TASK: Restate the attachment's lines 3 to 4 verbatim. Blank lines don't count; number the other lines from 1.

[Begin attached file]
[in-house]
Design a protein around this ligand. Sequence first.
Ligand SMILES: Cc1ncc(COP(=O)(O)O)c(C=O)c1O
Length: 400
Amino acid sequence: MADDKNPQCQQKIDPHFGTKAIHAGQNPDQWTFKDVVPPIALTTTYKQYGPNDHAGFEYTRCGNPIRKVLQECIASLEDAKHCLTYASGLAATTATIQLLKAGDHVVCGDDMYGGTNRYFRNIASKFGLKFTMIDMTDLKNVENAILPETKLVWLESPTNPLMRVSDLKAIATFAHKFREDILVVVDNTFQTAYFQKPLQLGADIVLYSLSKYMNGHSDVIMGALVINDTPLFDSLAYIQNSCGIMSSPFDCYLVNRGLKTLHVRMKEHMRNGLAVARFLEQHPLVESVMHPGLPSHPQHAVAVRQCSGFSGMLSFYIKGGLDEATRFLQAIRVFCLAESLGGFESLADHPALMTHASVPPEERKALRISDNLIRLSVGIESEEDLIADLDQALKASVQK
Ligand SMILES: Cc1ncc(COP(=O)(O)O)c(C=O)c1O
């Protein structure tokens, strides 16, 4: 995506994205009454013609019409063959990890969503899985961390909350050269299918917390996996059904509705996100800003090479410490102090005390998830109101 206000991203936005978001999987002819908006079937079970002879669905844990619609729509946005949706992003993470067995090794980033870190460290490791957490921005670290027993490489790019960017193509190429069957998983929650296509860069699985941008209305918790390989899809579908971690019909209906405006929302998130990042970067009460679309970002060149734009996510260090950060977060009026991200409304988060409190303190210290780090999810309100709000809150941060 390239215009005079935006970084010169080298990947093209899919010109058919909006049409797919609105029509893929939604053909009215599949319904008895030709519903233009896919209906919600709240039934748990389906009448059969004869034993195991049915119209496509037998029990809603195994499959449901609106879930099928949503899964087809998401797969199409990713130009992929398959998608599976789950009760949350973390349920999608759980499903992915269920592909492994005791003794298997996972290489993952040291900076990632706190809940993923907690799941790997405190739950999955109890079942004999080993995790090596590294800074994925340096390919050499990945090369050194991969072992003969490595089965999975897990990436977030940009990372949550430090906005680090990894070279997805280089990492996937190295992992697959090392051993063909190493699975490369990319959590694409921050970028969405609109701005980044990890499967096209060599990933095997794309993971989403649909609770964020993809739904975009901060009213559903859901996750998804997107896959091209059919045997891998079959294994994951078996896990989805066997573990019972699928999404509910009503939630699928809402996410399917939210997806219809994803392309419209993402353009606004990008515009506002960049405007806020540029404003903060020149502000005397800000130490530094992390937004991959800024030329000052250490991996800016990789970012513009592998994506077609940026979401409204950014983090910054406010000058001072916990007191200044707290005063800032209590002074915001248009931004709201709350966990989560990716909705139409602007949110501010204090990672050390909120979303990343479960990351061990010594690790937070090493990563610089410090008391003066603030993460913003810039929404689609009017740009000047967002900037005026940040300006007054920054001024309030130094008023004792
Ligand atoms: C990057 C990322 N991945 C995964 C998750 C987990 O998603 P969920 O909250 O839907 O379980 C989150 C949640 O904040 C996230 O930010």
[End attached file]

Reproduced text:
Ligand SMILES: Cc1ncc(COP(=O)(O)O)c(C=O)c1O
Length: 400